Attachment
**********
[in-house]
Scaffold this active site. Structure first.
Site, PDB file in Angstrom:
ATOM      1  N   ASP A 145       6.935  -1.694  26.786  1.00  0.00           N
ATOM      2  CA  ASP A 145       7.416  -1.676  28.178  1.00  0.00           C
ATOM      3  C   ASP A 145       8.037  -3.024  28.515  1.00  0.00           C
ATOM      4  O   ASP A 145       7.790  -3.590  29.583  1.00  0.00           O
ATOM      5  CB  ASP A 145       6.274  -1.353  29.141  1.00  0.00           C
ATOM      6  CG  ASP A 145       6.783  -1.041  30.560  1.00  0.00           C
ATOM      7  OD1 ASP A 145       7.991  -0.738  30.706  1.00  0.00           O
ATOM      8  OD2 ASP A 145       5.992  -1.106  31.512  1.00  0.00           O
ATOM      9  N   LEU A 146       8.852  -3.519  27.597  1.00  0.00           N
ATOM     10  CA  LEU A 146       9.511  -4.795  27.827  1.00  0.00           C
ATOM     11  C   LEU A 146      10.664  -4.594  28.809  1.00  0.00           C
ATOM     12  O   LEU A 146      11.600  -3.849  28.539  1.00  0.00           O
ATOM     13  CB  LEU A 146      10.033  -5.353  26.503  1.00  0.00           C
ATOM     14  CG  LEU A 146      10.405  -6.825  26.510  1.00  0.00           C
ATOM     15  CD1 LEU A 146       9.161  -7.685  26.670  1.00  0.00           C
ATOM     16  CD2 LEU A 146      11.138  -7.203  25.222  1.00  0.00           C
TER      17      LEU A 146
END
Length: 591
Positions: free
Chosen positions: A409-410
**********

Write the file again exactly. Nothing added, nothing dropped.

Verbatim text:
[in-house]
Scaffold this active site. Structure first.
Site, PDB file in Angstrom:
ATOM      1  N   ASP A 145       6.935  -1.694  26.786  1.00  0.00           N
ATOM      2  CA  ASP A 145       7.416  -1.676  28.178  1.00  0.00           C
ATOM      3  C   ASP A 145       8.037  -3.024  28.515  1.00  0.00           C
ATOM      4  O   ASP A 145       7.790  -3.590  29.583  1.00  0.00           O
ATOM      5  CB  ASP A 145       6.274  -1.353  29.141  1.00  0.00           C
ATOM      6  CG  ASP A 145       6.783  -1.041  30.560  1.00  0.00           C
ATOM      7  OD1 ASP A 145       7.991  -0.738  30.706  1.00  0.00           O
ATOM      8  OD2 ASP A 145       5.992  -1.106  31.512  1.00  0.00           O
ATOM      9  N   LEU A 146       8.852  -3.519  27.597  1.00  0.00           N
ATOM     10  CA  LEU A 146       9.511  -4.795  27.827  1.00  0.00           C
ATOM     11  C   LEU A 146      10.664  -4.594  28.809  1.00  0.00           C
ATOM     12  O   LEU A 146      11.600  -3.849  28.539  1.00  0.00           O
ATOM     13  CB  LEU A 146      10.033  -5.353  26.503  1.00  0.00           C
ATOM     14  CG  LEU A 146      10.405  -6.825  26.510  1.00  0.00           C
ATOM     15  CD1 LEU A 146       9.161  -7.685  26.670  1.00  0.00           C
ATOM     16  CD2 LEU A 146      11.138  -7.203  25.222  1.00  0.00           C
TER      17      LEU A 146
END
Length: 591
Positions: free
Chosen positions: A409-410